Recently on the "Obtaining Italian Dual Citizenship" Facebook group, I came across a very interesting post by a woman seeking Italian dual citizenship who, at first glance, appeared to be ineligible. However, when it comes to Italian dual citizenship things are not always as they seem.
Let's examine her case, talk about a very interesting and vital law (the 1922 Cable Act) for those seeking dual Italian citizenship through female lines, and detail the implications of female Italian ancestors' naturalizing along with their husbands.
The Historical Context:
During the time that Jane Doe's grandfather naturalized, there were many discriminatory immigration laws against women in place. One of them was the Expatriation Act of 1907. This law provided, among other things, for loss of citizenship of foreign women marrying foreign men naturalizing as American citizens. That is to say, any foreign woman married to a foreign man becoming an American automatically became an American with him, regardless of whether or not she wanted to. This is relevant for Jane Doe, and we'll come back to it. It is worth mentioning that besides discriminating against foreign women, the Expatriation Act also discriminated against women from America: any US woman could lose her citizenship by marrying a foreign man since under the law, a woman assumed the citizenship of her husband.
The aim of these provisions was to prevent cases of multiple nationality among women. Nevertheless, these resulted in significant protests by members of the women's suffrage movement. Just two years after women gained the right to vote, the Expatriation Act of 1907 was repealed by the Cable Act of 1922. Despite remedying some of the discrimination of the Expatriation Act, the Cable Act itself continued to provide for the loss of citizenship by American women who married "aliens ineligible for citizenship,", namely Asians.
In 2013, Daniel Swalm, the grandson of a Minnesota woman who had lost U.S. citizenship under Section 3 of the Expatriation Act of 1907 for marrying a Swedish immigrant and died without regaining her citizenship, began lobbying Congress to posthumously restore citizenship to women like his grandmother. He contacted his senator Al Franken, who in 2014 sponsored a resolution (S.Res. 402) expressing regret for the passage of the 1907 Act. The resolution passed the Senate on May 14.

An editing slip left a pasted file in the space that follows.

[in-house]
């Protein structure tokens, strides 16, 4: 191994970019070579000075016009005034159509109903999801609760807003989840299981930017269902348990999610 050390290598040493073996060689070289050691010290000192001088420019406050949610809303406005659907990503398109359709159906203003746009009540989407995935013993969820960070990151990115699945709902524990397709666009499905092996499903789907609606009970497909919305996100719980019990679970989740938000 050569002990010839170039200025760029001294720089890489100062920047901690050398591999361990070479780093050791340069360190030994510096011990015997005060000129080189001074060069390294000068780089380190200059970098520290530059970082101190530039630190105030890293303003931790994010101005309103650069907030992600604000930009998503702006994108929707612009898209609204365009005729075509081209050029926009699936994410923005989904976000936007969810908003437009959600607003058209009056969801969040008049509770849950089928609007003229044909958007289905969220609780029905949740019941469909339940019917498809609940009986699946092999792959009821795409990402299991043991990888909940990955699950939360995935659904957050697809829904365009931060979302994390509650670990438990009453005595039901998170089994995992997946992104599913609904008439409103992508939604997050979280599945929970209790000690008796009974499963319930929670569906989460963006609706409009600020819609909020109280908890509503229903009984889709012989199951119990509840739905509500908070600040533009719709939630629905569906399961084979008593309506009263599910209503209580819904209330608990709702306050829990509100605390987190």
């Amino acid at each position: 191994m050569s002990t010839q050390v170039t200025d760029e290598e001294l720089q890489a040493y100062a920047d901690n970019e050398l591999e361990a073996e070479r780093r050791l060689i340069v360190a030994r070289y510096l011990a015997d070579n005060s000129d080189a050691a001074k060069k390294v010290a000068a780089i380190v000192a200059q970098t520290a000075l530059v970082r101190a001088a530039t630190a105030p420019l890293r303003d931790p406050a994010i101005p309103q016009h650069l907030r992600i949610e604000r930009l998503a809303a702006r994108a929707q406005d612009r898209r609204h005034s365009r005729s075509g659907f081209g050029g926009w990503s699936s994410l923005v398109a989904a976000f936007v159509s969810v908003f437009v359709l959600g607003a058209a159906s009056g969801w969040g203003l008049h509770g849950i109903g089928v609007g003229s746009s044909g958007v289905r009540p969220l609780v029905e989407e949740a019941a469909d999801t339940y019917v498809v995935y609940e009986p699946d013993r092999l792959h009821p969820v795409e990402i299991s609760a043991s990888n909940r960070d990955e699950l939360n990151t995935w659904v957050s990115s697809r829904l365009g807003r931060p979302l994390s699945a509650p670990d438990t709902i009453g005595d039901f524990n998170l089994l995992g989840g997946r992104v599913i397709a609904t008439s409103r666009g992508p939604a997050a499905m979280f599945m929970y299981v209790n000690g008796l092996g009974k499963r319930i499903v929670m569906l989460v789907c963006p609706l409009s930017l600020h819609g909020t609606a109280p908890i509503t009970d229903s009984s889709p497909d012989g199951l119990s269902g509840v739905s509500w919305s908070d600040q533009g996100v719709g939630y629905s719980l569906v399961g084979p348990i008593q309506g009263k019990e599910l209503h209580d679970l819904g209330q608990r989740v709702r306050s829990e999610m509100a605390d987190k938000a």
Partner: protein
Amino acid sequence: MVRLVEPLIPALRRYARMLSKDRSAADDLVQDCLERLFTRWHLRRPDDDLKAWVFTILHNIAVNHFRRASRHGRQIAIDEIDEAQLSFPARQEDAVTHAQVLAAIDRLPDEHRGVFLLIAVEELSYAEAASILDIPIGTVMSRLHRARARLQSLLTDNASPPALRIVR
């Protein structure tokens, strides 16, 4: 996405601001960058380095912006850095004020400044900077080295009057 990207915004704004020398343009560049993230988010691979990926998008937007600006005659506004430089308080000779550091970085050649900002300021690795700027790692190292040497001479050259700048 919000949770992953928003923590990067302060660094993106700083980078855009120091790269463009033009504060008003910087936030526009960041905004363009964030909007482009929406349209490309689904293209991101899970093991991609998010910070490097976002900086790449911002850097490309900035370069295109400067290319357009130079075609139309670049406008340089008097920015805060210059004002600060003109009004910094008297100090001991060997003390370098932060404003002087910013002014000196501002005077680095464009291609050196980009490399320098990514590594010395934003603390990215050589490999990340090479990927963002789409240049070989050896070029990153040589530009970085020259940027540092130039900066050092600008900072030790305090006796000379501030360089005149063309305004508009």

The Cable Act of 1922:
Named for named for Ohio representative John L. Cable who proposed the legislation, the Cable Act of 1922 (ch. 411, 42 Stat. 1021, aka the "Married Women’s Independent Nationality Act") was a United States federal law that reversed former immigration laws regarding marriage. It is also known as the Married Women's Citizenship Act or the Women's Citizenship Act. The law repealed sections 3 and 4 of the Expatriation Act of 1907 as mentioned above.
In other words, before this date, women were automatically naturalized along with their husbands. The Cable Act effectively put a stop to women automatically assuming their husbands' citizenship.
Why this matters for Jane Doe:
Until September 22, 1922, women were automatically naturalized along with their husbands. This had to be neither a voluntary nor conscious act on behalf of the woman--sometimes it was as simple as a husband listing his wife on his Petition for Naturalizing and signing off with his name.
For the purposes of loss of Italian citizenship, this non-voluntary naturalization does not hold up in Italian courts. This means that all those who have a case similar to that of Jane Doe are eligible through a female ancestor who was automatically naturalized a US citizen by her husband's naturalization. The one caveat is that they must apply through the Italian courts (which can also take care of any pre-1948 citizenship cases--I will discuss those in a later blog post).
In the end, Jane Doe is eligible through her involuntarily naturalized grandmother, because her naturalization was not intentional. The Italian courts can be petitioned to make Jane Doe's claim to Italian dual citizenship. In the the eyes of the Italian law, it can be proven that Jane Doe's grandmother was not voluntarily naturalized and thus never gave up her right to Italian citizenship.
What are your thoughts? Do you have a Cable Act path to Italian citizenship? Let me know in the comments below.
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